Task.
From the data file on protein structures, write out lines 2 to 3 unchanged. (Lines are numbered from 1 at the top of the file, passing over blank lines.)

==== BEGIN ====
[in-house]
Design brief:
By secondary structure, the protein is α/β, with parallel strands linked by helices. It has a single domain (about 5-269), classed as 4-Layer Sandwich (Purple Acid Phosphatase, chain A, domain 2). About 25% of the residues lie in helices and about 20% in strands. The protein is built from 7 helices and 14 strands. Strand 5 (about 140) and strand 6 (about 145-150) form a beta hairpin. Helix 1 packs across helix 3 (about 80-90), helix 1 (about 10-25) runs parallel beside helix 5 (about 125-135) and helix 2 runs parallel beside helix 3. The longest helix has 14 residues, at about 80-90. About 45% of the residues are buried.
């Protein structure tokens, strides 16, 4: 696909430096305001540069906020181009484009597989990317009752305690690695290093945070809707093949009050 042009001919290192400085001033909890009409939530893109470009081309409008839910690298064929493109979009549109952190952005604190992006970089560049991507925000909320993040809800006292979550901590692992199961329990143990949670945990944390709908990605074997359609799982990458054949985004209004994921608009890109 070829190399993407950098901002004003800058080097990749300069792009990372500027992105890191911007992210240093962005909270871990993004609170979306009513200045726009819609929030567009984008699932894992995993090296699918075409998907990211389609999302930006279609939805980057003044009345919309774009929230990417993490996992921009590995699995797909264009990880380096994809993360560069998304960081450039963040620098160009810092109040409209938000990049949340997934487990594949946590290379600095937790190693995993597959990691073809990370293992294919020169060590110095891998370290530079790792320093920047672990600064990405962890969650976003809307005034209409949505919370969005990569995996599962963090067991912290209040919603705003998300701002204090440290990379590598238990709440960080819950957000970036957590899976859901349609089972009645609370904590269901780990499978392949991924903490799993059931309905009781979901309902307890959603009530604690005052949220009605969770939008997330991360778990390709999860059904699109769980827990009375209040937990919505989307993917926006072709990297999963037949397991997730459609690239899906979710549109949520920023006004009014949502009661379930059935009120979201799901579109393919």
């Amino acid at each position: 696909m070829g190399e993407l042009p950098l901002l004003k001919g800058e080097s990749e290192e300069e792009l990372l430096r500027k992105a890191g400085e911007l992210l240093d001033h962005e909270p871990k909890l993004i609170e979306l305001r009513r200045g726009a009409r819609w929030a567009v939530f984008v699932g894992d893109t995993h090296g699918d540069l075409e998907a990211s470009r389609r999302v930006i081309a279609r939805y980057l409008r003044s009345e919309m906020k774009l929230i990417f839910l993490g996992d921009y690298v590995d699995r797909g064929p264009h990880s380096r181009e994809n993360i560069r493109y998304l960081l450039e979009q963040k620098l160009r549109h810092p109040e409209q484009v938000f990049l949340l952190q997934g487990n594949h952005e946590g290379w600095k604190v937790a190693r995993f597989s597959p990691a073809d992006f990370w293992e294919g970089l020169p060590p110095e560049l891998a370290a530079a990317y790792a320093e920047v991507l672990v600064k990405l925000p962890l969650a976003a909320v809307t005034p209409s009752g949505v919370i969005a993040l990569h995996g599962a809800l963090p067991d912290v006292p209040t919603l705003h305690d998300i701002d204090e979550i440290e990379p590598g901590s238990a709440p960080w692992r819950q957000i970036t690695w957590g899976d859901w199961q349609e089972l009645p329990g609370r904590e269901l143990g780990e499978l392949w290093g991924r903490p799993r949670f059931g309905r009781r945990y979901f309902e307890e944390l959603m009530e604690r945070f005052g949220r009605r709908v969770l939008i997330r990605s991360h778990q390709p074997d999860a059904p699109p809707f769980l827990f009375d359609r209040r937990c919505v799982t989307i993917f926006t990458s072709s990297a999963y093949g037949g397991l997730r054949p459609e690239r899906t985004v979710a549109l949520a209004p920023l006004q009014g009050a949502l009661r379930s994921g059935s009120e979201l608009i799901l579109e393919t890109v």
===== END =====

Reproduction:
Design brief:
By secondary structure, the protein is α/β, with parallel strands linked by helices. It has a single domain (about 5-269), classed as 4-Layer Sandwich (Purple Acid Phosphatase, chain A, domain 2). About 25% of the residues lie in helices and about 20% in strands. The protein is built from 7 helices and 14 strands. Strand 5 (about 140) and strand 6 (about 145-150) form a beta hairpin. Helix 1 packs across helix 3 (about 80-90), helix 1 (about 10-25) runs parallel beside helix 5 (about 125-135) and helix 2 runs parallel beside helix 3. The longest helix has 14 residues, at about 80-90. About 45% of the residues are buried.